Get to Know Other Symptoms of Breast Cancer
The most common symptom of breast cancer is a newly discovered lump, but this is not the only symptom women should be aware of, according to a recently published research article from the UK.
Nipple abnormalities and breast pain were just some of the other symptoms reported by one in six women involved in research conducted by University College, London.
The study, published in the journal Cancer Epidemiology, presented data obtained from an audit of more than 2300 women diagnosed with breast cancer in England in 2009-2010. Researchers investigated the presenting symptoms of the women and the time taken for each of their diagnoses.
The aim of the study was to establish if there was any correlation between the type of symptom the woman reported to her doctor and the length of time it took for her to be diagnosed with breast cancer. The researchers looked at the time the woman waited before seeking help (the patient interval) and also the time to reach a diagnosis after seeing her doctor (the primary care interval).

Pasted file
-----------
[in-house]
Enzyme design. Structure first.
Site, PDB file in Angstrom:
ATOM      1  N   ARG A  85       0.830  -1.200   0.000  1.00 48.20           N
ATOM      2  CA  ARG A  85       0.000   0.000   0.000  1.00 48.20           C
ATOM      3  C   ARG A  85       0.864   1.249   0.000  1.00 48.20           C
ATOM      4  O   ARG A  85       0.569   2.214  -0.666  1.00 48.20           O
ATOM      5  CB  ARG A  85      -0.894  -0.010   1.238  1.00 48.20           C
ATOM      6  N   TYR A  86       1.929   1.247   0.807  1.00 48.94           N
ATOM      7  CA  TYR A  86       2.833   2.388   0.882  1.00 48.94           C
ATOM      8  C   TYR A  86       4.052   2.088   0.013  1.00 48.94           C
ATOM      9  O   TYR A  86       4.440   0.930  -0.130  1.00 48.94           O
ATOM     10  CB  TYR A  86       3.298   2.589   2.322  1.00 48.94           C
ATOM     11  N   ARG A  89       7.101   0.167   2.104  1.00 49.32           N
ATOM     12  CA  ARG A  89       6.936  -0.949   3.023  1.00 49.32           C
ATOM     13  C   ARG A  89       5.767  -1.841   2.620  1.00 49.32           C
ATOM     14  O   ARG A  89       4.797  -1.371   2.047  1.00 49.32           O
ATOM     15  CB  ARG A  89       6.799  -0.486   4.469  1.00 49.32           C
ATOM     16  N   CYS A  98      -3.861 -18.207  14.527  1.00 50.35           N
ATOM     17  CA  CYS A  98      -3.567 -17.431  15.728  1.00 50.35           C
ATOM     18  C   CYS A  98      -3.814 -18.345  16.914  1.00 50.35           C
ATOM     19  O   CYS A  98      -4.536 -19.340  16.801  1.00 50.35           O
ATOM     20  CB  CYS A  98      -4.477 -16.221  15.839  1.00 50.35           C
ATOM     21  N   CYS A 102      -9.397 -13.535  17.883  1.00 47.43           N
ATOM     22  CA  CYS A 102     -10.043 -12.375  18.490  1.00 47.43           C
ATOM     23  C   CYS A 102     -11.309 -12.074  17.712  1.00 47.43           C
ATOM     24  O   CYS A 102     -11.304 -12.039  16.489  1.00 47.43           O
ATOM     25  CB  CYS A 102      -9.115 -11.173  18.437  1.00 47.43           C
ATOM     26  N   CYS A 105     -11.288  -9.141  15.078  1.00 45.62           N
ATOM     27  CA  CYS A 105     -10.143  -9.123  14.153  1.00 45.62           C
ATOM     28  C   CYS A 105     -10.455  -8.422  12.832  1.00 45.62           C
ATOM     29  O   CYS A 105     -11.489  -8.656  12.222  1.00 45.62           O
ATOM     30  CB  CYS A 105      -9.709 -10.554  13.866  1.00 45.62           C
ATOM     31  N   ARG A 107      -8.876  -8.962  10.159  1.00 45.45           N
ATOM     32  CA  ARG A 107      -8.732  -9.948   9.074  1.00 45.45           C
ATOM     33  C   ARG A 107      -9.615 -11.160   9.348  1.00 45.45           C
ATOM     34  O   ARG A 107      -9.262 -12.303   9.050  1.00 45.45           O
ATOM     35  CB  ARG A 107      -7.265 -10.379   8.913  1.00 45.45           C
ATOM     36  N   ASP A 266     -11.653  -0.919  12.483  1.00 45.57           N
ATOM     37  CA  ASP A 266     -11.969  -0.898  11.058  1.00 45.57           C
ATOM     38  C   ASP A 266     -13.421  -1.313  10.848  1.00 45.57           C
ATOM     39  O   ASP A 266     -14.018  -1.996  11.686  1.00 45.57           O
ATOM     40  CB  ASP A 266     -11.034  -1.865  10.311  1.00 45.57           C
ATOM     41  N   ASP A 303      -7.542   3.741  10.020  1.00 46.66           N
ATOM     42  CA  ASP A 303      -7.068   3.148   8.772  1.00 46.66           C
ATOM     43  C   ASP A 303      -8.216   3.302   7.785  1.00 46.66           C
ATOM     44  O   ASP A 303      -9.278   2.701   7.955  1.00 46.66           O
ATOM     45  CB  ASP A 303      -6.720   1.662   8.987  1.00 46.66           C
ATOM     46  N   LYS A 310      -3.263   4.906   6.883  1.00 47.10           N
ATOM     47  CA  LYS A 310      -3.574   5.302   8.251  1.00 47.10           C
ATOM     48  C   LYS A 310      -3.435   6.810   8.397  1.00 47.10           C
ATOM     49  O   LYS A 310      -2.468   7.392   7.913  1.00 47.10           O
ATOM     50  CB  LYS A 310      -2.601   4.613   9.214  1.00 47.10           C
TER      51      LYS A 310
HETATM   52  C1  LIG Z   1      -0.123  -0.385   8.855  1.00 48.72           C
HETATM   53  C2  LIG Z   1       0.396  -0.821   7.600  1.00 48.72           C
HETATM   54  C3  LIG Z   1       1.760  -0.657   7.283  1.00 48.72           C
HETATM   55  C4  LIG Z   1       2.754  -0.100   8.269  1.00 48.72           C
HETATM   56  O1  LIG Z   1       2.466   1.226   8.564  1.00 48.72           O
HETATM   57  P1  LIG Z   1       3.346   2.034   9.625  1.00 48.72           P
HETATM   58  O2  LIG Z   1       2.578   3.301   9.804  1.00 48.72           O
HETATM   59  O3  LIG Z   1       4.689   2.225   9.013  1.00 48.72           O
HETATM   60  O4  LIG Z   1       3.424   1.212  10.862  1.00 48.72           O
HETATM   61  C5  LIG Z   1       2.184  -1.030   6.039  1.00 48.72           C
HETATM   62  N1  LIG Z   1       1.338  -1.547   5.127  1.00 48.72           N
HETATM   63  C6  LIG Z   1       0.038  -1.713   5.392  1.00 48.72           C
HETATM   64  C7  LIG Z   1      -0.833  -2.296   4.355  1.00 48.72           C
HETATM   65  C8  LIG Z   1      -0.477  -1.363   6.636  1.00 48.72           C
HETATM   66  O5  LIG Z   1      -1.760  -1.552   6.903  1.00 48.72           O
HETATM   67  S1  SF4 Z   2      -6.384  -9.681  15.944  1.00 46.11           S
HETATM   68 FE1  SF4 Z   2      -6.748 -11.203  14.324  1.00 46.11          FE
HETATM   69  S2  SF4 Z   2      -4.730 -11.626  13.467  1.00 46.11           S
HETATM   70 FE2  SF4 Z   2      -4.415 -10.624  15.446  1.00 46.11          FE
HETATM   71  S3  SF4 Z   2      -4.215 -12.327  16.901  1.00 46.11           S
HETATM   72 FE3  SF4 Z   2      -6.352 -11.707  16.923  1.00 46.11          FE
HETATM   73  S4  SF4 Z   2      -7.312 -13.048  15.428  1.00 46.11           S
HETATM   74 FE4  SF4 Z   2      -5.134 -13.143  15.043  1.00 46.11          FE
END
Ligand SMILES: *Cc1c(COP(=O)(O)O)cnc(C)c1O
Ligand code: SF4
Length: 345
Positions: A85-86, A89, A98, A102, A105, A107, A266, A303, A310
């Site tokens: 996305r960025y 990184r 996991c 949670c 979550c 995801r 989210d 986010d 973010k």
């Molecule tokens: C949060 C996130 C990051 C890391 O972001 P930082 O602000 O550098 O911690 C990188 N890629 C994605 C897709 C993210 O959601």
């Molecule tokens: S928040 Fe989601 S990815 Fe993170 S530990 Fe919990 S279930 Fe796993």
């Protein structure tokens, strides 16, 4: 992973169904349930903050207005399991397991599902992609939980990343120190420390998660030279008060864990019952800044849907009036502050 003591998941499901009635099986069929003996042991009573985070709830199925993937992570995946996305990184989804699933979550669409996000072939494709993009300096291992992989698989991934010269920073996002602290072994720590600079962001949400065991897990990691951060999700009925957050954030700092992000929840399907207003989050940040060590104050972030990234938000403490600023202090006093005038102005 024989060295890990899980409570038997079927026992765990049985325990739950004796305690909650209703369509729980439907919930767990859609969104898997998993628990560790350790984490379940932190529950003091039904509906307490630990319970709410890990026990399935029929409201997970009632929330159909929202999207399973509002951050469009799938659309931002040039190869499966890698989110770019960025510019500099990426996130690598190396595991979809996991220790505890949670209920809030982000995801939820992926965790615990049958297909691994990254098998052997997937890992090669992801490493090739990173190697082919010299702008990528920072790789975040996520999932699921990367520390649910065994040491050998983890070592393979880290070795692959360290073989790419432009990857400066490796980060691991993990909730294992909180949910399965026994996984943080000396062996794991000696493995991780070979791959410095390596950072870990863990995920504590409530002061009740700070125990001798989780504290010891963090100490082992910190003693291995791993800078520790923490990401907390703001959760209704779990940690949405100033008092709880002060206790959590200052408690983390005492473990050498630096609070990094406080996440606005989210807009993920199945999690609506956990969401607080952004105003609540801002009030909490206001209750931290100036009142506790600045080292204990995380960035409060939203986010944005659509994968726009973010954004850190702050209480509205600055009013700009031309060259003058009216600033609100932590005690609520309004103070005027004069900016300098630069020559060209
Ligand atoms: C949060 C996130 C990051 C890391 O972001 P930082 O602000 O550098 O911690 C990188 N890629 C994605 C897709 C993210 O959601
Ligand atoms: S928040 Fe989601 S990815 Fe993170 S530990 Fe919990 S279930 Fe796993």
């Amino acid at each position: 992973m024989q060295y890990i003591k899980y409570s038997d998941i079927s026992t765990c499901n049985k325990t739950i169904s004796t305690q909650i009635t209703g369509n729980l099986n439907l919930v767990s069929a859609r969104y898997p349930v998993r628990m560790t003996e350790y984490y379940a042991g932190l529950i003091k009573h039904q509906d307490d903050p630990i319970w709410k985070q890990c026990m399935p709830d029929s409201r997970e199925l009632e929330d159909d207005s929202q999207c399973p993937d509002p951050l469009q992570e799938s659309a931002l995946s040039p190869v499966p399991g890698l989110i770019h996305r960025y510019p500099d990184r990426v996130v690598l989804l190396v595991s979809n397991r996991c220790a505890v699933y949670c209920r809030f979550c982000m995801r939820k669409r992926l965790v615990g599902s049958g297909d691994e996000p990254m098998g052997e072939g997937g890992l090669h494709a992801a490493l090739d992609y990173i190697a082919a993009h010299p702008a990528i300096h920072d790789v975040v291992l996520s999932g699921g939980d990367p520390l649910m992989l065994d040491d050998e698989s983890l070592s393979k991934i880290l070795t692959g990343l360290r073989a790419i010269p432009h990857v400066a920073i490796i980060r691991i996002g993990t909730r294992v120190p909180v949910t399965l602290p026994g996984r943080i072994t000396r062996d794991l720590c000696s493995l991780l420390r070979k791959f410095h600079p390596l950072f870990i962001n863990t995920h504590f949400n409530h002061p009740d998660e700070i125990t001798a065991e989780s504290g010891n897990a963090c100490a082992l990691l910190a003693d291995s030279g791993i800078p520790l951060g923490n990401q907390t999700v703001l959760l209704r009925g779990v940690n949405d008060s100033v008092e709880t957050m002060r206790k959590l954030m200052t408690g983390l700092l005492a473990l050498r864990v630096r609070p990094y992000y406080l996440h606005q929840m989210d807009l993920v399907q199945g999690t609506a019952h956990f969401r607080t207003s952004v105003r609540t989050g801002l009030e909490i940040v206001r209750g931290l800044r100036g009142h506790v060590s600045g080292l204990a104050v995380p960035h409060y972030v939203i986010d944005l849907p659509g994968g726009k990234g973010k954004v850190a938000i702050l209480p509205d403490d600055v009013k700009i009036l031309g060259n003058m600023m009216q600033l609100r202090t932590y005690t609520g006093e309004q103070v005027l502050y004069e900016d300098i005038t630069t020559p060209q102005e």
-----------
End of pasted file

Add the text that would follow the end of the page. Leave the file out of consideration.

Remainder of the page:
The majority of women diagnosed with breast cancer initially presented with a breast lump (83%), but one in six (17%) presented with a non-lump symptom. These included nipple abnormalities, breast pain, skin abnormalities, ulceration, shape abnormalities, an inflamed or infected breast and a lump or pain in the armpit.
Importantly, the study reported that while the majority of women sought help quickly, those who had ‘non-lump’ symptoms waited up to three months to seek help. Women who had both a lump and ‘non- lump’ symptoms also delayed seeking help.
The delay in seeking a diagnosis is significant. The earlier a cancer is diagnosed, the better the treatment and survival outcomes.
What you need to know:
Cancer Australia recommends women be ‘breast aware’. Knowing what is normal for you will help you detect any changes, including:
- a new lump or lumpiness, especially if it’s only in one breast
- a change in the size or shape of the breast
- a change to the nipple, such as crusting, ulcer, redness or inversion
- a nipple discharge that occurs without squeezing
- a change in the skin of the breast, such as redness or dimpling
- an unusual pain that doesn’t go away.
This study reinforces the importance of seeing your doctor as soon as you notice a change in your breasts. Jean Hailes’ specialist women’s health GP, Dr Amanda Newman, says it’s also important for women to know that nine out of 10 breast changes are not cancer, but that these changes need to be monitored by their GP.
For more information, visit our Breast Health pages.
Published with the permission of Jean Hailes for Women’s Health
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